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fxus65 kbou 271027 
afdbou

Area forecast discussion
National Weather Service Denver/Boulder Colorado
427 am MDT Mon Mar 27 2017

Short term...(today and tonight)
issued at 420 am MDT Mon Mar 27 2017

SW flow aloft will be over the area today in advance of an upper
level trough that will move into the Great Basin by this evening. At
the sfc low pres will gradually dvlp over ern co with increasing sly
low lvl flow by late aftn.

Cross-sections show some increase in moisture across the mtns during
the aftn along with minor mid lvl ascent so will see sct showers
dvlp. Across nern Colorado it will be dry although I can't completely
rule out some widely sct -shra nr the foothills by late aftn. As
for highs readings will be in the lower to mid 60s across the
plains.

For tonight an upper level low will eventually dvlp over sern Utah
with the flow becoming rather diffluent across the area. In
addition, with increasing moisture and favorable mid lvl acent fcst
over the area, along with improving lapse rates should see a better
chc for showers across most of the area. Buffer soundings show snow
levels will be mainly abv 8500 feet overnight.

Long term...(tuesday through sunday)
issued at 420 am MDT Mon Mar 27 2017

..active storm track promises wet and snowy weather for the region
this week...

The first of two Pacific storm systems just off the West Coast is
forecast to deepen as it propagates eastward across the Great Basin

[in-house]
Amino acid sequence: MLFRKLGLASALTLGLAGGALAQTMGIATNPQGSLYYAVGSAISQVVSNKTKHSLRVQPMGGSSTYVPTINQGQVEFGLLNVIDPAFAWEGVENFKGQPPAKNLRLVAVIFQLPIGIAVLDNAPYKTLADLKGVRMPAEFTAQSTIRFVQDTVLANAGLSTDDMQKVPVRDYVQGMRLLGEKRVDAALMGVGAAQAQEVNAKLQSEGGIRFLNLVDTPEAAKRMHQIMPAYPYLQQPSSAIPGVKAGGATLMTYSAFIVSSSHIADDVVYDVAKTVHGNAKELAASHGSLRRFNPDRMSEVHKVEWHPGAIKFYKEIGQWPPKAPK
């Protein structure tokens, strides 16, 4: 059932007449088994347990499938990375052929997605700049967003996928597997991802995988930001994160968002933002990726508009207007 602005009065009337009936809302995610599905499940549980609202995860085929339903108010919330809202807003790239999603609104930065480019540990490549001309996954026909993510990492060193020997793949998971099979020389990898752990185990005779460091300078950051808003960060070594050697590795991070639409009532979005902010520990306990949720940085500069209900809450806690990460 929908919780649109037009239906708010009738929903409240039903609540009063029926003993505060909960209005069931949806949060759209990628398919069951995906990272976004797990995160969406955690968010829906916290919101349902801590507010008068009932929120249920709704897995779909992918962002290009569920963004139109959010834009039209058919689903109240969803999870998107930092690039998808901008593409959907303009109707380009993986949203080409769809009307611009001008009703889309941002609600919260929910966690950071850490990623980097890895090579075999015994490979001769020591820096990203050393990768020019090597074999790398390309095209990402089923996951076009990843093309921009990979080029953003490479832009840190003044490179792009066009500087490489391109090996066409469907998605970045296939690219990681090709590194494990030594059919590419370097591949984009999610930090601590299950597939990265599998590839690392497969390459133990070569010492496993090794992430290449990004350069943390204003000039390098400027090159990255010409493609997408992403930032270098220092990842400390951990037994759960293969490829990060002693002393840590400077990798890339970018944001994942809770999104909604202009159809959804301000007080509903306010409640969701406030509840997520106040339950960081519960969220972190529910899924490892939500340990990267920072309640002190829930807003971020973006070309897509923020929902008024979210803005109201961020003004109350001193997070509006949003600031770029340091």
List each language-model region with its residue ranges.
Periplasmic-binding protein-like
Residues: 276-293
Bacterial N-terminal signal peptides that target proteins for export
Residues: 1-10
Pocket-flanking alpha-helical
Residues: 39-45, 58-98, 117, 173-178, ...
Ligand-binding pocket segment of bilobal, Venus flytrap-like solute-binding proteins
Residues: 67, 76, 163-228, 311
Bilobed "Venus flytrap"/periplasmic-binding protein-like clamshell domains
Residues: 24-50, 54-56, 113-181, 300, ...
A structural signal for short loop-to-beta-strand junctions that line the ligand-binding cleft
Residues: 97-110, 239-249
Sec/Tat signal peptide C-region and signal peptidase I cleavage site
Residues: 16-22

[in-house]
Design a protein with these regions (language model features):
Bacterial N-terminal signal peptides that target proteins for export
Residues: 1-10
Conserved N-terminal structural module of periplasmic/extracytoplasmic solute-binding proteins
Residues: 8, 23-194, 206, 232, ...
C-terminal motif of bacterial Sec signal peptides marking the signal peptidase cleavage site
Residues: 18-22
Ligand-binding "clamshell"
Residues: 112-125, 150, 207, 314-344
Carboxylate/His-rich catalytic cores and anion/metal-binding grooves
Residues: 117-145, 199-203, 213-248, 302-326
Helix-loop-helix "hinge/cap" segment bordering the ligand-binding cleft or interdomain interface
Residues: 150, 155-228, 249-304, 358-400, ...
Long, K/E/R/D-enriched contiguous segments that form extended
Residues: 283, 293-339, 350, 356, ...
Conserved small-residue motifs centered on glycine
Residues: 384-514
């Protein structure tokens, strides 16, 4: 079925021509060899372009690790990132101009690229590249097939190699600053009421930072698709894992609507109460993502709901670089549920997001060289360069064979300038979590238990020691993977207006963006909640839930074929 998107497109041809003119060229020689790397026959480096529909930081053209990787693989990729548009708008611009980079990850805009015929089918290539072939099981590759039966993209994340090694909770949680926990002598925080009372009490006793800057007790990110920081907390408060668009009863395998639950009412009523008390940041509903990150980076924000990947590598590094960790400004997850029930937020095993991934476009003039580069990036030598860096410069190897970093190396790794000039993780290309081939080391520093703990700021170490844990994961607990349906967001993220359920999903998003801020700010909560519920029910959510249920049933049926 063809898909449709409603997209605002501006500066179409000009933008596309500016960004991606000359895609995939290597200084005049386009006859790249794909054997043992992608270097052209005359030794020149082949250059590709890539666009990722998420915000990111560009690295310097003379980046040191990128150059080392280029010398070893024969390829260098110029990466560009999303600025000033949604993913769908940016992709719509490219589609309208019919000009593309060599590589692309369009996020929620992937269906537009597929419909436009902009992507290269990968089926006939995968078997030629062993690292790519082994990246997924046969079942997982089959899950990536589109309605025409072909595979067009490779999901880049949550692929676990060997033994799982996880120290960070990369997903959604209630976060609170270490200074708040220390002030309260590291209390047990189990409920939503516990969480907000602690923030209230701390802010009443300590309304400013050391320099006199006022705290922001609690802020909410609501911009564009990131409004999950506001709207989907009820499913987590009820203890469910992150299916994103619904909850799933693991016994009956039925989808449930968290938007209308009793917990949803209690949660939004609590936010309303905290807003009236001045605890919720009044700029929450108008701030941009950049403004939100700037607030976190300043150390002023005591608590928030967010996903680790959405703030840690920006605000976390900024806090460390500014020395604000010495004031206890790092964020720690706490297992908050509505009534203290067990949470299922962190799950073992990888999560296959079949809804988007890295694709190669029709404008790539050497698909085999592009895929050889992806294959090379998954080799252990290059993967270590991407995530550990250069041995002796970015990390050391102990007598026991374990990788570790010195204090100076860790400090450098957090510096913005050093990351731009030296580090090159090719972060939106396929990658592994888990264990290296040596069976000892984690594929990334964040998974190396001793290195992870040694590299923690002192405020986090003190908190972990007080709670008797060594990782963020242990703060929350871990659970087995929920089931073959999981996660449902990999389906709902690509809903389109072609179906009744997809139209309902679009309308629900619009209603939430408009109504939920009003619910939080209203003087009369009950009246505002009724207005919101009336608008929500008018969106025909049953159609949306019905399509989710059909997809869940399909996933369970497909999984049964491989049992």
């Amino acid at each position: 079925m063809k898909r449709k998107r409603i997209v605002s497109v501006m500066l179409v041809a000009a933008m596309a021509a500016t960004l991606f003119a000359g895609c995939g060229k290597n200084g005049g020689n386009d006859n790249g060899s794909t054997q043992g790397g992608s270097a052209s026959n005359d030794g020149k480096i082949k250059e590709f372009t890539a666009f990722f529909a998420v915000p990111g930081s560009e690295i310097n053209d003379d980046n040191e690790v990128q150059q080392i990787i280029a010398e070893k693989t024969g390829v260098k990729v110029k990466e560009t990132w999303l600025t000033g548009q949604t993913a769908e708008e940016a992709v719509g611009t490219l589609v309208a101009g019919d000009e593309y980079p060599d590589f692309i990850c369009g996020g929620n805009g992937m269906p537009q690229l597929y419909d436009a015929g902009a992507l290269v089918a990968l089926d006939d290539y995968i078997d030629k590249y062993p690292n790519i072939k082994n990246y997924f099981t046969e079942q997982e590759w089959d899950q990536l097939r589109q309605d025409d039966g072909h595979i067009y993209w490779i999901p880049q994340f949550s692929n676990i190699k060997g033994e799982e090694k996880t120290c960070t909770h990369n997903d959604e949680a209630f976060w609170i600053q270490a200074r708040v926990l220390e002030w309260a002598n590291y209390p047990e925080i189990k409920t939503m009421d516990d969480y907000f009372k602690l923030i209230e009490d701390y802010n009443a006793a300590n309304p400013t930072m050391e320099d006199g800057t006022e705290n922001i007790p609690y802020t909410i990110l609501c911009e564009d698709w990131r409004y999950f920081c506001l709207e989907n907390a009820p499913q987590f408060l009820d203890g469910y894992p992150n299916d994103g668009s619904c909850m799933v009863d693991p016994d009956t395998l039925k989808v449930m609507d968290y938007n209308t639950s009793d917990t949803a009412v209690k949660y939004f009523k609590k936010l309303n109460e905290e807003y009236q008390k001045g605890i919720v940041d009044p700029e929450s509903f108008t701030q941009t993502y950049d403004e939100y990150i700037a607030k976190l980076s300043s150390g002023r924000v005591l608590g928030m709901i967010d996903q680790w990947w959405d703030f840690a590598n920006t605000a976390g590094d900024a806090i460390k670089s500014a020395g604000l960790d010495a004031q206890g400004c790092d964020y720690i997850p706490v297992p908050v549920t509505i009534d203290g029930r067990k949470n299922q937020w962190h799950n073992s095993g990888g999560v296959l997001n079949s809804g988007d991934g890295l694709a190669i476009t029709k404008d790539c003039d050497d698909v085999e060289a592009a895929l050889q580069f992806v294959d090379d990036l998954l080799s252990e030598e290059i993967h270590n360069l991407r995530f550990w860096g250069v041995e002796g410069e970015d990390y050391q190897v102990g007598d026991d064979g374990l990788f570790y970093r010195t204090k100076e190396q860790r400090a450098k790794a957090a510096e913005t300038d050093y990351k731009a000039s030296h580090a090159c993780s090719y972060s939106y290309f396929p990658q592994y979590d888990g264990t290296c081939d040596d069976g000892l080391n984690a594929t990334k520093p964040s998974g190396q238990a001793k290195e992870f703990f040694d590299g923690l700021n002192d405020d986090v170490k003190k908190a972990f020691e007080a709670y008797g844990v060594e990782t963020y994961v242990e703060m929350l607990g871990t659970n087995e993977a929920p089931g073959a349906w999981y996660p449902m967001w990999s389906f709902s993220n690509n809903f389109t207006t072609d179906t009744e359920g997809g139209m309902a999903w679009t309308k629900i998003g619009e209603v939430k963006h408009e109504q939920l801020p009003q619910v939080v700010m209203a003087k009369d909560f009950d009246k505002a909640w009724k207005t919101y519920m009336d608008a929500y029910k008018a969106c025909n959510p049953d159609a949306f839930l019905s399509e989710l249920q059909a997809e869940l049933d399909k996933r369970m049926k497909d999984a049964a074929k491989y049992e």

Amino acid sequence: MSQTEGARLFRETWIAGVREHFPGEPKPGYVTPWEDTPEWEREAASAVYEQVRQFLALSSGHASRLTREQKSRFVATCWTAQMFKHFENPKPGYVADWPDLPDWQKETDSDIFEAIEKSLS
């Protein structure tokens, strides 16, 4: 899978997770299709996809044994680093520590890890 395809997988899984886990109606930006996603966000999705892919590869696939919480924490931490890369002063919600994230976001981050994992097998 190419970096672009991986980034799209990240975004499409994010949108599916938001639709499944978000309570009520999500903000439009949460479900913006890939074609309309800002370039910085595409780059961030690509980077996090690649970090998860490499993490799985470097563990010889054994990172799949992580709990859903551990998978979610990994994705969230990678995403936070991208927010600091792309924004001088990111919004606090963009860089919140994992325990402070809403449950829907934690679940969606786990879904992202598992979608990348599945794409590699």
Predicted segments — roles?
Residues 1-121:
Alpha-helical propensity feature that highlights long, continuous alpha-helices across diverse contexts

today. 00z models have clustered around the idea that this trough
and the deepening upper low will pass over The Four Corners region
tonight. Some of the models also indicate a lead shortwave
disturbance that moves newrd over the eastern Colorado late tonight.
Strengthening sely low-level flow and swly upper-level flow in
advance of this feature will further saturate the Front Range
airmass and by Tuesday morning precipitation should be well under
across the high country of N-central Colorado and up along the Wyoming-
Nebraska borders in nern Colorado. Whereas in the Lee of the Front
Range models show the formation of a pronounced dry slot with the
700-500 mb flow becoming sly with upper low moving over nwrn New
Mexico. This should delay any significant precip along the foothills
from Douglas County northward to around the Longmont-Loveland area
until the afternoon. Mild temperatures will keep the snow level up
around 9000-9500 ft above sea level during the day. So to start out, any snow
accumulation will be confined to the mtns and higher foothills where
we could see anywhere from 1-4 inches of snow by evening. Precip
will remain all rain at lower elevations and with increasing
instability through the day and boundary layer convective available potential energy now projected
in the 200-500 j/kg range, there is also a slight chance of T-storms
mainly east of the Front Range, but would not rule them out in the
high country. By Tuesday evening as the upper low tracks along the
Colorado-New Mexico border, should see E-sely upslope flow deepening
as qg Omega steadily increases with greater cyclonic shear and